This is a socially unacceptable behaviour for us humans it's unygenic and can spread disease but for dogs it's not such a big problem. There are many reasons why your dog may start to eat it's own faeces or that of other dogs, we'll look at those reasons and how we may stop them or avoid them.
1. Diet - A poor quality diet may not be providing the correct nutrition for your dog, so they are eating the faeces to process it again to get more nutrition.
2. Again diet related - the faeces still smells like food and the puppy is hungry so they eat the food again, this is related to the ingredients of the food, some are not broken down by the dog and some lower quality foods my be sprayed to make them smell more enticing to the dog.
3. Your puppy may not fully understand where you want it to go or you are missing the signs of your puppy asking to go so it goes when its caught short or just can’t hold it any longer and has learned to eat it’s faeces to tidy it away from you. This is often a reactionary because you have done something to make the puppy think this is the thing to do, and they only eat it more quickly if you start to react more quickly. Also puppy may be scared - lets face it going to the toilet makes us vulnerable so he may be too scared to go outside yet inside he feels safe.
4. Innate behaviour - bitches often show an innate behaviour to clean up other dogs faeces, this is to do with keeping pups clean as they grow and keeping possible predators away, be reducing smell.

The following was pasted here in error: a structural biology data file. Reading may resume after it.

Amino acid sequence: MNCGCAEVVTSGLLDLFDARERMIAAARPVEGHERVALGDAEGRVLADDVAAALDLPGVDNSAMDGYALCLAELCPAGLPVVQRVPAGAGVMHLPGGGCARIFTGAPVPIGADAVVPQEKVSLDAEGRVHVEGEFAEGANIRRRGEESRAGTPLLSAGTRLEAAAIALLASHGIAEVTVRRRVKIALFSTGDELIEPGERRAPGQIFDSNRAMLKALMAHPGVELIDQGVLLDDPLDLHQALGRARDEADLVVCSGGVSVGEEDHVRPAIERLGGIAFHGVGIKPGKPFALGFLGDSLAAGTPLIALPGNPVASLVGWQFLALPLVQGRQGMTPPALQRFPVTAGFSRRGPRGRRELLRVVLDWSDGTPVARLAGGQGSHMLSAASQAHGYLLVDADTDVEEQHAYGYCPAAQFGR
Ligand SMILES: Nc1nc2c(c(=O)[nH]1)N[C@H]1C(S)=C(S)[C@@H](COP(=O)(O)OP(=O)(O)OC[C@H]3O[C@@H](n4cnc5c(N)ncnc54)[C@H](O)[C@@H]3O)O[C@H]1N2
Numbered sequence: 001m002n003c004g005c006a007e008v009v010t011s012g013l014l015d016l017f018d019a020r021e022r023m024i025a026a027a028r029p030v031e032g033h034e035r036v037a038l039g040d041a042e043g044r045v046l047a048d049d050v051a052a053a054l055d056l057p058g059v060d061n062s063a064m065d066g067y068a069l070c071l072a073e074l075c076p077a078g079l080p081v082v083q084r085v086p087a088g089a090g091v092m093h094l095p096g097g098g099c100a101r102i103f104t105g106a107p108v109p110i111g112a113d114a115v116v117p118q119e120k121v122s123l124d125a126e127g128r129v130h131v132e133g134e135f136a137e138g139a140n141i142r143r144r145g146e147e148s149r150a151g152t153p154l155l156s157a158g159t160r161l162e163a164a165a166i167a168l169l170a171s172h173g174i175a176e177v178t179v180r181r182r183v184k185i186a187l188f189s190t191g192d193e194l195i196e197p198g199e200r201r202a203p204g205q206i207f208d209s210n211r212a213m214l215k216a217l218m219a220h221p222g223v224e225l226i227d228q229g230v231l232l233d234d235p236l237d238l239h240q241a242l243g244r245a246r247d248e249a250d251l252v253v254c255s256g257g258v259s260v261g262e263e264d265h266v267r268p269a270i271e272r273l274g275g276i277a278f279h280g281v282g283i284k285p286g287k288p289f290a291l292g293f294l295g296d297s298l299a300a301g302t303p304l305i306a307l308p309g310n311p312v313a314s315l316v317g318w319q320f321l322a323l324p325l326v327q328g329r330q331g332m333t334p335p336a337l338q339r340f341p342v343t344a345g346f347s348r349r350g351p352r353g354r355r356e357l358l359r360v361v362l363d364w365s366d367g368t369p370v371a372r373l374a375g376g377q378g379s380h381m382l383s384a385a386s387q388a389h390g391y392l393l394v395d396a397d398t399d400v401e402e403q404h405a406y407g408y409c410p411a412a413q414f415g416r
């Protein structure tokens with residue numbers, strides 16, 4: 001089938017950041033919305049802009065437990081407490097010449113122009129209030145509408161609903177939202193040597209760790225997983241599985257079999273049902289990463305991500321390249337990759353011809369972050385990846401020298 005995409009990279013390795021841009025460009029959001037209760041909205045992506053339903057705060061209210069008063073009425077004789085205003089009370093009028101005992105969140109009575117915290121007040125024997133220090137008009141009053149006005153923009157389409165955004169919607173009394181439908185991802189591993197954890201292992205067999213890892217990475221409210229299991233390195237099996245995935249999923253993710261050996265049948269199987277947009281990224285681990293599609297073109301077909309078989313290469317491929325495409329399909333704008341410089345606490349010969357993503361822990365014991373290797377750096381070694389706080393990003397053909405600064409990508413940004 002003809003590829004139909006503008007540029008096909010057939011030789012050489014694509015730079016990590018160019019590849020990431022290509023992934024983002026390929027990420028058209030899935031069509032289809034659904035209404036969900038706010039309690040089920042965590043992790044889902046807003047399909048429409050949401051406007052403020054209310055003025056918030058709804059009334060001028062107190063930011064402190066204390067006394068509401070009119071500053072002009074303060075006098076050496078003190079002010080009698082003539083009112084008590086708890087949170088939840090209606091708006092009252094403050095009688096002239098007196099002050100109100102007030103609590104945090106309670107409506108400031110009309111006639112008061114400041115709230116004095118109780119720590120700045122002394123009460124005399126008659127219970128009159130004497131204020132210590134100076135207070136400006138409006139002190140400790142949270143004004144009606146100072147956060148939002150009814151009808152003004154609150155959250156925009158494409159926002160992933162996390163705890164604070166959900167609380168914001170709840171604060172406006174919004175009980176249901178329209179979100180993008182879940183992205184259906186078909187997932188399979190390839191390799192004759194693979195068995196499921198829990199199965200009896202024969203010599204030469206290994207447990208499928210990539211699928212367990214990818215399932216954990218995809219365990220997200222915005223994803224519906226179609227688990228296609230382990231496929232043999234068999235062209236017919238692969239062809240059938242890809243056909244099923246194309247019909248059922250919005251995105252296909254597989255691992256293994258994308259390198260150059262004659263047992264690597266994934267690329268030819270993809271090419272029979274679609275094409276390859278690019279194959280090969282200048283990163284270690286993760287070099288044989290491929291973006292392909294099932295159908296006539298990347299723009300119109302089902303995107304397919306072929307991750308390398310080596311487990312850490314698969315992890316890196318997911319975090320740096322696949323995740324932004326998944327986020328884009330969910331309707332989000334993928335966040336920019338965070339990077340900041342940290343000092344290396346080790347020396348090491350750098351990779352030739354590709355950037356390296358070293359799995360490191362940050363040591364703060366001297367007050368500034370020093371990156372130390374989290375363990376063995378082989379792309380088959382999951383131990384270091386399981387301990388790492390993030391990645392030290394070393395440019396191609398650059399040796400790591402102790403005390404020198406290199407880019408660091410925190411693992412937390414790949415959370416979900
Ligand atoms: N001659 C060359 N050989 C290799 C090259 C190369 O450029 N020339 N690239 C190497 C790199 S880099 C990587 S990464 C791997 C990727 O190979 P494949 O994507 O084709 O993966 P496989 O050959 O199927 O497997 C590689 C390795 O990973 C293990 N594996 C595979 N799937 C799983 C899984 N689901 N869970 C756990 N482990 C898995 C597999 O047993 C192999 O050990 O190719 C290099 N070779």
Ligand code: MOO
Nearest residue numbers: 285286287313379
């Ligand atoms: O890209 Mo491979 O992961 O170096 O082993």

5. Lack of enzymes - they will often eat faeces to gain bacteria or gut flora to help their own digestive systems
6. Learned Behaviour your dog may have seen another dog do this and learned from it and after a while even with a better quality diet provided the behaviour may become ingrained and habitual and we all know how hard it is to break a habit.
How stop stop Pica or do your best to avoid it.
1. Change the diet
2. There is a suggestion Feeding pineapple or courgette can stop pica. The idea is that the enzymes in these, once they have passed through the dog, will put them off eating the faeces but in my experience this doesn’t actually work, although there is nothing wrong with improving the diet my adding these fruits and vegetables.
3. Back to basics with toilet training take your dog out regularly and reward your dog when it goes in the right place and maybe add a cue word so you can get your dog to toilet when you ask it.
4. don’t react when your dog goes to the toilet instead throw some treats down for it to distract it while you clean up with no fuss. keeping your dog on a lead so that you can move it away from the feaces, while you pick up, means that the dog doesn't get to act out the behaviour
5. Improve gut flora by feeding a varied diet, you can also try pre and pro biotic supplements.
6. Parasites or worms, can mean that food isn’t being absorbed properly leaving your pup hungry. So a worm count or worming treatment may solve the issue
7. Your dog may have another illness so blood tests by your vet may be needed
8. Some dogs may do it out of boredom or to get a reaction from their owner.
Remember none if these things make you a bad owner. Poor quality foods are often well advertised and well known so people assume they’re good.
Reacting when your pup does something like poo in the house is also normal but we don’t realise the effect this can have on the dog, we need to relax a little and give the dog something else to do while we deal with things.
If you have a dog with exibiting pica, speak to your vet, discuss diet, and parsites and then you can enlist the help of a trainer who can help you to create the structure to break any habits that may have already formed.
Clair Litster-Huckle has a BSc (Hons) in Animal Behaviour and Welfare and an MSc Animal Behaviour and Training and has studied Canine psychology and Canine diet and nutrition.